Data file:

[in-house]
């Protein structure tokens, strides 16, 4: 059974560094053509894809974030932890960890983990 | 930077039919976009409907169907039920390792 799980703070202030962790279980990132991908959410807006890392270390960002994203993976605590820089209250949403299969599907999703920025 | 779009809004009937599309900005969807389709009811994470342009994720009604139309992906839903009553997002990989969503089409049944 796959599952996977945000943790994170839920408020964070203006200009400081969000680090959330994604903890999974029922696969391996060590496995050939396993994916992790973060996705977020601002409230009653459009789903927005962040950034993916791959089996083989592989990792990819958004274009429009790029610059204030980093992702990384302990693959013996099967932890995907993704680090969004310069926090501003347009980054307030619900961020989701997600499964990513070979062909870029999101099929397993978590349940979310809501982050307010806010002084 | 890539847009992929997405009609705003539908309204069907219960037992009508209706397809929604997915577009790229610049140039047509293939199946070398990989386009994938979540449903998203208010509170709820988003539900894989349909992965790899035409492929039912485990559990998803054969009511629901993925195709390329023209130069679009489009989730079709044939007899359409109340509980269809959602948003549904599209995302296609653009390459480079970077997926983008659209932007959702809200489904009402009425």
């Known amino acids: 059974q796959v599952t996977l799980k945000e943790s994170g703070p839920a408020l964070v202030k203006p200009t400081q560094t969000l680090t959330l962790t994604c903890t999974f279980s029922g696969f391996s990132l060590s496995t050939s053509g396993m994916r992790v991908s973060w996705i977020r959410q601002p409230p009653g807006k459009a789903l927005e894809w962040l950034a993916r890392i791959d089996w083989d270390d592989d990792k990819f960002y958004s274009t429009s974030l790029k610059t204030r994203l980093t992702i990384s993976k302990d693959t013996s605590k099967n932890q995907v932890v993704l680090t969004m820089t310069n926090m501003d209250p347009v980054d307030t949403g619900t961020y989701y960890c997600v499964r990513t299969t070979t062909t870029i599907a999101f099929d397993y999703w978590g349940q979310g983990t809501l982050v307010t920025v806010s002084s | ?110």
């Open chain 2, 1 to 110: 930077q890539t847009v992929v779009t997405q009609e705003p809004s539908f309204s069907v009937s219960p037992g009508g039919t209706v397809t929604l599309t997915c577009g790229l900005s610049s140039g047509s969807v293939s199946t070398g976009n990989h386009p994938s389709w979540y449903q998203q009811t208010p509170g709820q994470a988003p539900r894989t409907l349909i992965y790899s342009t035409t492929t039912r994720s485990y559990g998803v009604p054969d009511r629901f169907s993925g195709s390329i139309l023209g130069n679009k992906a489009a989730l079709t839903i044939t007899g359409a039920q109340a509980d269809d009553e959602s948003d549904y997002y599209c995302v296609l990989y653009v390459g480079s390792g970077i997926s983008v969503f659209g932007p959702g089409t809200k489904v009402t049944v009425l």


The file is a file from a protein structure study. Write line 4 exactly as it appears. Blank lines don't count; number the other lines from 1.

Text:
């Open chain 2, 1 to 110: 930077q890539t847009v992929v779009t997405q009609e705003p809004s539908f309204s069907v009937s219960p037992g009508g039919t209706v397809t929604l599309t997915c577009g790229l900005s610049s140039g047509s969807v293939s199946t070398g976009n990989h386009p994938s389709w979540y449903q998203q009811t208010p509170g709820q994470a988003p539900r894989t409907l349909i992965y790899s342009t035409t492929t039912r994720s485990y559990g998803v009604p054969d009511r629901f169907s993925g195709s390329i139309l023209g130069n679009k992906a489009a989730l079709t839903i044939t007899g359409a039920q109340a509980d269809d009553e959602s948003d549904y997002y599209c995302v296609l990989y653009v390459g480079s390792g970077i997926s983008v969503f659209g932007p959702g089409t809200k489904v009402t049944v009425l």